• the avoidance of harm to the state; and
    • the protection of the vulnerable (for example, children).

    In other words, speech may cause harm that warrants regulation
    (p 39)

    Social responsibility: a theory of the press

    William Hocking, Professor of Philosophy at Harvard University [argued in 1947 that] the development of the press [into a large-scale industry has] resulted in the press developing a set of inherent biases:
    • an interest in promoting those factors which contributed to its own commercial success;
    • financial and cultural interlocking with other parts of ‘big industry’;
    • owners’ control over editorial hiring and firing which impinged upon editorial independence; and
    • a tendency to concentration of ownership, which squeezed out competition. …

    The social responsibility theory was discussed in Four Theories of the Press, published in 1956. …
    Libertarian theory was developed in the period of the Enlightenment, when there was a plethora of competing small presses, and their main product was opinion rather than what we would recognise as news.
    The theory was informed by a liberal belief that truth would emerge from the clash of competing opinions …

    Libertarian theory was to prove inadequate in the face of new forces created by industrialisation of the press and by the realities of 19th and 20th century media economics.
    Its most serious limitation was its incapacity to provide a response to
    • the issues of monopoly,
    • the sharp increase in entry costs for newspapers, and
    • the different ingredients of commercial and market success.

    [These developments have turned] the ‘marketplace of ideas’ [into a place of] inequality, abuse of power, intellectual squalor, avid interest in scandal, an insatiable appetite for entertainment and other debasements and distortions …
    While there was still talk of media as a check on government, it could also be charged that the media could seek to bully government. …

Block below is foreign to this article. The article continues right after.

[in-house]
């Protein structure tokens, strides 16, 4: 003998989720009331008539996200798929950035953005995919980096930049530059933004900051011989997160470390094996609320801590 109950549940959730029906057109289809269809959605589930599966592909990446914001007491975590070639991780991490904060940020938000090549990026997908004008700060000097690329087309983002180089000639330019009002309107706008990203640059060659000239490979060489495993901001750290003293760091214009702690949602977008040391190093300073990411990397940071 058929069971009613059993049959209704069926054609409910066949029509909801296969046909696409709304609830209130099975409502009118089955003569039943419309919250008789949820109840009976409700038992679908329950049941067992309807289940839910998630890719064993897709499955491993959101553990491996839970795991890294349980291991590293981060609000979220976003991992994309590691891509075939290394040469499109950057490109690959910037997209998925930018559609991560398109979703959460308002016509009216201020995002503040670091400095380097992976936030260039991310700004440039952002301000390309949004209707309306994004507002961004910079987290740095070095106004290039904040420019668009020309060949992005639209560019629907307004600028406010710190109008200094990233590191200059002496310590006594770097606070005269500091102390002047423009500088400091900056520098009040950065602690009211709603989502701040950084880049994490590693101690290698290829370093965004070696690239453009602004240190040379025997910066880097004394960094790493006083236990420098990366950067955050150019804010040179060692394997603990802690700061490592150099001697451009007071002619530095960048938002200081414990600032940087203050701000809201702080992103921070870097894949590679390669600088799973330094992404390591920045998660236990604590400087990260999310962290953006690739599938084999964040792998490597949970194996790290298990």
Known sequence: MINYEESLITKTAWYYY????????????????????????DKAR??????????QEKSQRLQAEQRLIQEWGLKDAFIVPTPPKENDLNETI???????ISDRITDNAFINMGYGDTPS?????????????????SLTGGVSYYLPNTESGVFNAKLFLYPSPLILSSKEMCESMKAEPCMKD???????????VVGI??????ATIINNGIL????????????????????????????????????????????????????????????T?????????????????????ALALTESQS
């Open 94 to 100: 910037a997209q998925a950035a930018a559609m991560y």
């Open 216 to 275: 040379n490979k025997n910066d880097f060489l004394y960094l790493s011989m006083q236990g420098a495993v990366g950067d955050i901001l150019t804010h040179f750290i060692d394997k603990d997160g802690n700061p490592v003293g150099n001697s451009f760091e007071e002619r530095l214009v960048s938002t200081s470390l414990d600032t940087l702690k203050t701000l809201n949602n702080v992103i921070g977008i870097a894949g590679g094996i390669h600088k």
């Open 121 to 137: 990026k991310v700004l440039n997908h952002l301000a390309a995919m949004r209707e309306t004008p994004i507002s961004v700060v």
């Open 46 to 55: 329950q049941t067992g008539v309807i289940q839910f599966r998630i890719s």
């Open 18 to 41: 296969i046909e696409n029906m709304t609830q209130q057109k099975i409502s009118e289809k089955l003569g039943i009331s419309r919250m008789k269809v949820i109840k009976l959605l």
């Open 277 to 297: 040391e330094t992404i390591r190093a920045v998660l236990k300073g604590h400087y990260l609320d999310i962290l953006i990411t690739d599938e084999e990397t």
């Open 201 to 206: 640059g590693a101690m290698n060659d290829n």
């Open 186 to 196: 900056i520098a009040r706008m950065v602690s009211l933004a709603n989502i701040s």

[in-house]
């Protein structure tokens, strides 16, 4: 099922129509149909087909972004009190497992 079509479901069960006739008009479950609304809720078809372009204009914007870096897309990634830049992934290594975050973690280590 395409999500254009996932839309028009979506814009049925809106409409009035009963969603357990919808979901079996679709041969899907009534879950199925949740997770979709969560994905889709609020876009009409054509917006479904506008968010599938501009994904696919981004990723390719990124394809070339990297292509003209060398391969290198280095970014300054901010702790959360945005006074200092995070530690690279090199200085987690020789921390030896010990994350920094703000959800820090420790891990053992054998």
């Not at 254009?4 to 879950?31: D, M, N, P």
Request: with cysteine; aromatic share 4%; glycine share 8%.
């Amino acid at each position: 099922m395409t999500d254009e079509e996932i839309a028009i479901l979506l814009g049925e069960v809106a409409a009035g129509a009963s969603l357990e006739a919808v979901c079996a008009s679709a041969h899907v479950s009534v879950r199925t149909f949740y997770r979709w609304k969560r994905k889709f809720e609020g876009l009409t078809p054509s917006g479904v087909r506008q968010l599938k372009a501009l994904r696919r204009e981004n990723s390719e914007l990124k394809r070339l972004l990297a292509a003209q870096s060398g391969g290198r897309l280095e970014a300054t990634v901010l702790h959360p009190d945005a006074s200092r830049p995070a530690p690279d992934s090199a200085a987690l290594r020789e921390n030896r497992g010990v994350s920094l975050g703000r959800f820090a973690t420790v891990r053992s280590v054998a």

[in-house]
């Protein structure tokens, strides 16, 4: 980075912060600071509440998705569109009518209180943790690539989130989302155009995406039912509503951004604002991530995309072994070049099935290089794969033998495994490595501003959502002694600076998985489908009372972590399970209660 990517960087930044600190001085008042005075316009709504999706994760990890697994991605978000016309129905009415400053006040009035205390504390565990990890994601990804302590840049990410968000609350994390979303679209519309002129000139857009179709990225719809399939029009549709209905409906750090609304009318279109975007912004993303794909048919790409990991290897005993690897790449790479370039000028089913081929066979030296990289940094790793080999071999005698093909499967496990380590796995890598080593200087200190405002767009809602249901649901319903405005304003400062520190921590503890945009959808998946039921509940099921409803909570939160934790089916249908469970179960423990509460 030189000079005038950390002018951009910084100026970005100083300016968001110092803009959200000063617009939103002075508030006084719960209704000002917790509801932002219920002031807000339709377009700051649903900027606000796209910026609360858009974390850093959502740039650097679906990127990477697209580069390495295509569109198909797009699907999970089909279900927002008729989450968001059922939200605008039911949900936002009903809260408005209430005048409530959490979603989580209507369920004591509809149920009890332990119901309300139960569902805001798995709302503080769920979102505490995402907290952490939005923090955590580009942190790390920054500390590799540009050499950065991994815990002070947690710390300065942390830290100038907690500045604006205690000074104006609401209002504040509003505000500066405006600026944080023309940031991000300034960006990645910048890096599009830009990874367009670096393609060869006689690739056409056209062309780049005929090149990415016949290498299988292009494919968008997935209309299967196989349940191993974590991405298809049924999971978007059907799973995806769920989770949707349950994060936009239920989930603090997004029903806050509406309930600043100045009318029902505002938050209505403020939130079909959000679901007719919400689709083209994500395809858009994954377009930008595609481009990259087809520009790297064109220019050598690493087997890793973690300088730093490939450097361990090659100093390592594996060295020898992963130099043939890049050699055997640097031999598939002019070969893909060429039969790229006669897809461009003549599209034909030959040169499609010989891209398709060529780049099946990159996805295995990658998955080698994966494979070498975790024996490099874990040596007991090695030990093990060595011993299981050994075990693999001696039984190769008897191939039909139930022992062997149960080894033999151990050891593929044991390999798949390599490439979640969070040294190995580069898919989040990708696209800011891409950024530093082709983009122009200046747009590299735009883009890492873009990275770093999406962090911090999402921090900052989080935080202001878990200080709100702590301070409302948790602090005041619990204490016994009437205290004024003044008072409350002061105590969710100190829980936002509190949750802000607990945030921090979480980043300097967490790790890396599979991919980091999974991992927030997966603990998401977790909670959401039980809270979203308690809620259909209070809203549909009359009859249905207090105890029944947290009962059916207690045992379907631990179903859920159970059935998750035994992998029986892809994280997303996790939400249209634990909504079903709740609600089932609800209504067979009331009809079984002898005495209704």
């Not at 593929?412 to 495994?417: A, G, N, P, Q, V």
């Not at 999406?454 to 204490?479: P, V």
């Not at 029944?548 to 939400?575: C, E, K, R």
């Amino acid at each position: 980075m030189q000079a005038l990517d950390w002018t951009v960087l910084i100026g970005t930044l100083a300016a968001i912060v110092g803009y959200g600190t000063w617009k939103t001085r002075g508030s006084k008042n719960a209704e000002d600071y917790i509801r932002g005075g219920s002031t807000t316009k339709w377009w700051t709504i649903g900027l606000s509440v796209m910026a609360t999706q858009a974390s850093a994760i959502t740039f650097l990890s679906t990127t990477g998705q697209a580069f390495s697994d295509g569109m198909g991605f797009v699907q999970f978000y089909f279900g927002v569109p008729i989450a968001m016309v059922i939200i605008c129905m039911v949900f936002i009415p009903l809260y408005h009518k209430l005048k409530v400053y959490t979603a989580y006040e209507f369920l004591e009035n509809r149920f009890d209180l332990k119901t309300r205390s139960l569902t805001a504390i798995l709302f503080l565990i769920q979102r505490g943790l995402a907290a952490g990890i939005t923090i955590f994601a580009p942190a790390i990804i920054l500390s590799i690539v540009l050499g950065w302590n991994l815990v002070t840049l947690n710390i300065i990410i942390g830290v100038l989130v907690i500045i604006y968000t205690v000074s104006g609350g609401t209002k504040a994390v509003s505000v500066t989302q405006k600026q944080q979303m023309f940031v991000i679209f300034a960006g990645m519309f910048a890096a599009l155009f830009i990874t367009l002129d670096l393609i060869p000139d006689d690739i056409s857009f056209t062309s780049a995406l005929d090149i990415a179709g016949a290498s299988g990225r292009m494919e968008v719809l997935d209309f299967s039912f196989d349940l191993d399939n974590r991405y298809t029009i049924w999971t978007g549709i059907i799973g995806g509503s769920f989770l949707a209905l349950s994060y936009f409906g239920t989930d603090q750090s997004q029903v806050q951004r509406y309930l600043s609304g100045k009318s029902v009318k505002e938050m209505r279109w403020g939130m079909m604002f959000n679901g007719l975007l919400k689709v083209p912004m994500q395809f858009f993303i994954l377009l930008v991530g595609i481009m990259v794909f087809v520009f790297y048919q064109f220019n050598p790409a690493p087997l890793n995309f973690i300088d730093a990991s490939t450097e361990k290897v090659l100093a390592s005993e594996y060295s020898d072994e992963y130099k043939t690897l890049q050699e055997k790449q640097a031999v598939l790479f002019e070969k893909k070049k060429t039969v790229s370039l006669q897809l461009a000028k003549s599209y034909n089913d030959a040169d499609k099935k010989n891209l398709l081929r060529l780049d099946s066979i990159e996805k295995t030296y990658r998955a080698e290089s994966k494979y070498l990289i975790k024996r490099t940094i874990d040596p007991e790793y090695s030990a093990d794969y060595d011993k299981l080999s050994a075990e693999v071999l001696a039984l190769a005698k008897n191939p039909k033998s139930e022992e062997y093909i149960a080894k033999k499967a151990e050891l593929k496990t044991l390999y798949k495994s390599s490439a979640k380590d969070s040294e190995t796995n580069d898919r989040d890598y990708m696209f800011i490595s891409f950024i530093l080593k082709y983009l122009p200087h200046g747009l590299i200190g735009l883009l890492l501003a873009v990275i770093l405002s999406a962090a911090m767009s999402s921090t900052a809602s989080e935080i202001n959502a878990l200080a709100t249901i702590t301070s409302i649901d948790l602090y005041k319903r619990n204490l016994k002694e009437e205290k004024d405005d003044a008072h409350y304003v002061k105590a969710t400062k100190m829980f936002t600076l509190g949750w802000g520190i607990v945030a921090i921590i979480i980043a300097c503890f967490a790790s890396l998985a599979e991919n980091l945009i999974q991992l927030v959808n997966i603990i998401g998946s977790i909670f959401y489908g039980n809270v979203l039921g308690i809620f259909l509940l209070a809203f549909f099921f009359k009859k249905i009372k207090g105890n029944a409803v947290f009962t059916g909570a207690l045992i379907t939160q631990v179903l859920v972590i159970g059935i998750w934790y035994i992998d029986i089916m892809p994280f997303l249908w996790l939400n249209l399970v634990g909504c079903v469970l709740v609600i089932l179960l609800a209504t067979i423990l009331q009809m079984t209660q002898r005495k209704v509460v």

… Social Responsibility theory [proposes a] reciprocity between the press and society.
    [That the press owes] society a responsibility to discharge the functions for which the privileges had been granted. …
    (p 46)


    Historical industry structure

    The metropolitan and national segments of daily press consist of 11 titles …
    These 11 titles have just three owners.
    (p 57)

    News Limited [has] 58% of circulation when counting all daily newspapers.
    Fairfax Media … 28% of all daily newspaper circulation.
    WA Newspapers [controls] 8% …
    APN, owned by an Irish company [controls] 5% of aggregate daily circulation.

    [Of 26 comparable countries Australia is the only one] in which the leading press company accounts for more than half of daily circulation …
    [In] 20 of the 26 countries it is under 40%.
    (p 59)

    [At] 86%, Australia also ranks highest … when considering the share of the top two companies.
    The share of the top two companies exceeds 60% in only six of the 26 countries …
    (p 60)

    Industry performance


    [Falling] circulation eventually led to … the closure of all metropolitan afternoon newspapers … in the second half of the 1980s. …
    The overall total circulation has declined [by more than one-third] in the 27 years [to 2011], from 4.52 million to 2.75 million. …
    In the same … period Australia’s population grew by around one-third.
    [Circulation has] declined [from 29 percent (1977)] to 12.1% [of the population] — significantly less than half.
    (p 70)

    It is likely that at least part of the accelerating decline since 2004 stems from the impact of the internet. …

    [The] declining circulation over the past 27 years is part of an underlying long-term trend that began half a century earlier. …
    [Most] of this adjustment occurred before use of the internet became widespread …
    (p 71)


    In 2010, total revenue of the newspaper market was $5.2 billion, of which
    • $3.7 billion (70%) was derived from print advertising,
    • $1.3 billion (25%) from circulation sales, and approximately
    • $260 million (5%) from digital advertising and subscriptions. …